Roddy Conrad


Mark
Veteran

Jun 6, 2000, 6:50 AM

Post #23 of 312 (302569 views)
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I like to acknowledge that Trickle Filtration System indeed takes away nitrates in pond/tank.

Tests on the 3 Trickle systems which I promised is not over yet. So guys please be patience for the results.
However, I have got good result arising from the test of the existing filter system mentioned up the post in terms of their advantages and disadvantages.
Advantages:
1. A trickle filter is indeed a fantastic system that remove ammonia, nitrites and nitrates.
2. It increases the O2 in the water tremendously.
3. There is no foul smell coming out from the filter box unlike before.
4. You don't need the fibre mattings to assists in the water filtration.
5. The size of box is scaled down from a 3 media filter chambers to 2 (ie. 1 for settlement and the other for bioballs).
Disadvantages:
1. Bioballs are expensive (S$0.25 ea) as compared to fibre mattings. (I know of some that cost S$0.10 ea.)
2. You need a settlement chamber to filter out the heavy stuff in the water before entering the trickle system.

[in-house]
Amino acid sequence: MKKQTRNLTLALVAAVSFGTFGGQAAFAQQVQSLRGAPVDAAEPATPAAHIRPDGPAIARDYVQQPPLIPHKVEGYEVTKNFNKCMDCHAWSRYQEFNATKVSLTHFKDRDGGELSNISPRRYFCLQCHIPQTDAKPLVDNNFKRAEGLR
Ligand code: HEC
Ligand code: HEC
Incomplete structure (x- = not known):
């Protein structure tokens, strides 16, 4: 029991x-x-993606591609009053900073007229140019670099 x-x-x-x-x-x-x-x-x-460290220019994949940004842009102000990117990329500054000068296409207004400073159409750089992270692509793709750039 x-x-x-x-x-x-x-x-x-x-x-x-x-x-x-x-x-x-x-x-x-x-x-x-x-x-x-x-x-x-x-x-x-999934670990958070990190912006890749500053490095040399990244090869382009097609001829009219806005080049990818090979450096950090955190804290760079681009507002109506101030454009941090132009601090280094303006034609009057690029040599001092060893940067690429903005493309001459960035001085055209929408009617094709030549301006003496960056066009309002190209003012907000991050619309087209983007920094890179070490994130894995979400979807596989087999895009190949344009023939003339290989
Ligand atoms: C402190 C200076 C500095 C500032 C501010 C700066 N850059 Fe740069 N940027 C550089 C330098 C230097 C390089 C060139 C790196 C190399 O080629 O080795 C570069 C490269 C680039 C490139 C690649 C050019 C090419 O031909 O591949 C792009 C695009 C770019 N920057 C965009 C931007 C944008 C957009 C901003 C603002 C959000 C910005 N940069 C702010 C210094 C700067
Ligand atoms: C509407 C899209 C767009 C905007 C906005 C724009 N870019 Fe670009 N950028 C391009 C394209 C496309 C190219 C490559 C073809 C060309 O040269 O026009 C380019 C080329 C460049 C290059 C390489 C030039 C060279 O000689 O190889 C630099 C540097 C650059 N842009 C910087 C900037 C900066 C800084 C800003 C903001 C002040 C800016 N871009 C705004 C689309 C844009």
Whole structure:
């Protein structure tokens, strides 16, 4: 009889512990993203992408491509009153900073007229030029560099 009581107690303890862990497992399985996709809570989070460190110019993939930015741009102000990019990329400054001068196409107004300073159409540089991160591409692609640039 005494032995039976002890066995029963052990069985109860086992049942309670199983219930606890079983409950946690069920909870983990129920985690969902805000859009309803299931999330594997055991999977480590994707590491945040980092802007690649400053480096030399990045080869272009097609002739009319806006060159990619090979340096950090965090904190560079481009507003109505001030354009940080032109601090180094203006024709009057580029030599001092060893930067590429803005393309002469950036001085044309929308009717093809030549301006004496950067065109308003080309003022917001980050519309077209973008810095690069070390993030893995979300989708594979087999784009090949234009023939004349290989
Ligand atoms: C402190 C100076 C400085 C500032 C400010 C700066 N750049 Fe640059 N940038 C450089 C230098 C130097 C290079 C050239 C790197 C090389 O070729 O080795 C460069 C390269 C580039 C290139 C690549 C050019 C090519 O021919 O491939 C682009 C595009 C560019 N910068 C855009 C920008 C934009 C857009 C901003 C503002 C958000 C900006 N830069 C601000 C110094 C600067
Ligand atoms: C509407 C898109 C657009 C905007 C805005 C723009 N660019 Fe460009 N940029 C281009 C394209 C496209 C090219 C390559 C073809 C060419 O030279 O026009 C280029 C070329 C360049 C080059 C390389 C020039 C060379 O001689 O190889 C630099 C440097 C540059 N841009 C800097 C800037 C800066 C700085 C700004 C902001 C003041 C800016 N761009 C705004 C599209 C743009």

3. System will not work for a virgin pond and new filter.
These are the nitrates results:
Day 1 10ppm (Late morning - all f/matting and heavy brushes moved out)
Day 1 10ppm (EOD)
Day 2 10ppm (EOD)
At this time, I decided that we should bring the nitrates back just to proves its effectiveness.
Day 3 10ppm (Late morning - moved bioballs out and returned f/mattings)
Day 3 70ppm (EOD - noticeable nitrate level increasing throughout the day)
Day 4 100ppm (EOD - returned bioballs and moved out f/mattings again)
Day 5 50ppm (early morning)
Day 5 10ppm (EOD - excellent nitrate reading)
*EOD* End of Day
Note: These results were taken and recorded by lab technician.


Doc Conrad
User


Jun 8, 2000, 10:26 AM

Post #24 of 312 (302569 views)